- Managing your switch. If you use an energy broker to switch suppliers, they can carry out the process for you, including arranging the start date and checking that your billing details are correct.
- Helping with your contract renewal. Similarly, energy brokers can remind you when your contract is up for renewal and help you decide on the best course of action for your business.
- Resolving bill disputes. If you have used an energy broker to secure your contract, they can work on your behalf, helping to sort out any billing disputes or discrepancies.
- Cost recovery. If you have been charged for services you don’t use, an energy broker can help get your money back.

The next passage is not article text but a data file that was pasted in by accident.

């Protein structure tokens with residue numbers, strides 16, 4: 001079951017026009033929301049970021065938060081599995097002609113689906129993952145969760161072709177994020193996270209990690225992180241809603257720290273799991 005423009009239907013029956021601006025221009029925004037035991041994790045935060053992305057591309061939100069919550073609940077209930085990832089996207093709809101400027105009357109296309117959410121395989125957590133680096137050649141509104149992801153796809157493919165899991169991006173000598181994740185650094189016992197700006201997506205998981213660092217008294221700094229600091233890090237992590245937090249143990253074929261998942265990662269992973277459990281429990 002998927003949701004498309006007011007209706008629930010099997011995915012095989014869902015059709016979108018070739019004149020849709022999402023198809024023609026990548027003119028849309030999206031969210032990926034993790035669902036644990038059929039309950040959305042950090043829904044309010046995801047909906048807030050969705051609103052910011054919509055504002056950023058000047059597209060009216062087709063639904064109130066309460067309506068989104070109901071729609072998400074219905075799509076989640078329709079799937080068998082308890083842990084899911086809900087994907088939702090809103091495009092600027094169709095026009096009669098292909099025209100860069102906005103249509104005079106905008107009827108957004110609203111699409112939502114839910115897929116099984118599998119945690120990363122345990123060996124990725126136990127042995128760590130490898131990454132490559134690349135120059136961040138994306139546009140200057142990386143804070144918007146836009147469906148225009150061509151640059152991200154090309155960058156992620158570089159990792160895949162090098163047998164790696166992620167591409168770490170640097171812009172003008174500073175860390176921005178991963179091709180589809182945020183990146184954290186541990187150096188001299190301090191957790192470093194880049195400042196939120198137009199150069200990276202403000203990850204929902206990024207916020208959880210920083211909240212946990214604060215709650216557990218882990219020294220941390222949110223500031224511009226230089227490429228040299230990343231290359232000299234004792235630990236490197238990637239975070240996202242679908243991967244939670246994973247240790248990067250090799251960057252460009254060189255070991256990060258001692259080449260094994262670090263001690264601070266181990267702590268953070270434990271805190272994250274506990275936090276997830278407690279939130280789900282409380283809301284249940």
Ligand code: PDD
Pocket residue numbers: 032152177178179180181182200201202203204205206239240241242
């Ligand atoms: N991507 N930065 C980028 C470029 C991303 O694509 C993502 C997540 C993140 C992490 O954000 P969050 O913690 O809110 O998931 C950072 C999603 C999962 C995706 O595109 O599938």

- Business energy management advice. If you need any additional support, including tips on improving your energy efficiency and reducing consumption, your energy broker can be of assistance.
To permit an energy broker to do all the above, you will need to sign a ‘Letter of Authority’. This document will specify what you are happy for the energy broker to carry out, and which information they can collect.
However, the wording of this letter should not:
- Legally bind you to use the broker’s services.
- Give the broker exclusivity.
- Lock you into any business energy deals.
- Allow the broker to sign contracts on your behalf.
How does an energy broker make money?
The most common way for energy brokers to make money is through commission. Energy brokers will negotiate this with the business energy supplier when trying to obtain your contract.